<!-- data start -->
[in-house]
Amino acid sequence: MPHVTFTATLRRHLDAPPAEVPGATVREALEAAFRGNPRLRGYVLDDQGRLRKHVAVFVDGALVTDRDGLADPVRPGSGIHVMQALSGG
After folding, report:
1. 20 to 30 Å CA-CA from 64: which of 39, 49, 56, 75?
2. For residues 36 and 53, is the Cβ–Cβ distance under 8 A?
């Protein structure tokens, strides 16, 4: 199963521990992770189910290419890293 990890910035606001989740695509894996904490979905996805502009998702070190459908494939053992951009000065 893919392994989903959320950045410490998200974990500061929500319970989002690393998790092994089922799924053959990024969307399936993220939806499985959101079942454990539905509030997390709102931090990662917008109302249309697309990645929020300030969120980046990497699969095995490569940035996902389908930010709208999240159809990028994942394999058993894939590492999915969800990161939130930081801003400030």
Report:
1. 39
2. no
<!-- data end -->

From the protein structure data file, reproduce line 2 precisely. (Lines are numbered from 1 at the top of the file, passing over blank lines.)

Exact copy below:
Amino acid sequence: MPHVTFTATLRRHLDAPPAEVPGATVREALEAAFRGNPRLRGYVLDDQGRLRKHVAVFVDGALVTDRDGLADPVRPGSGIHVMQALSGG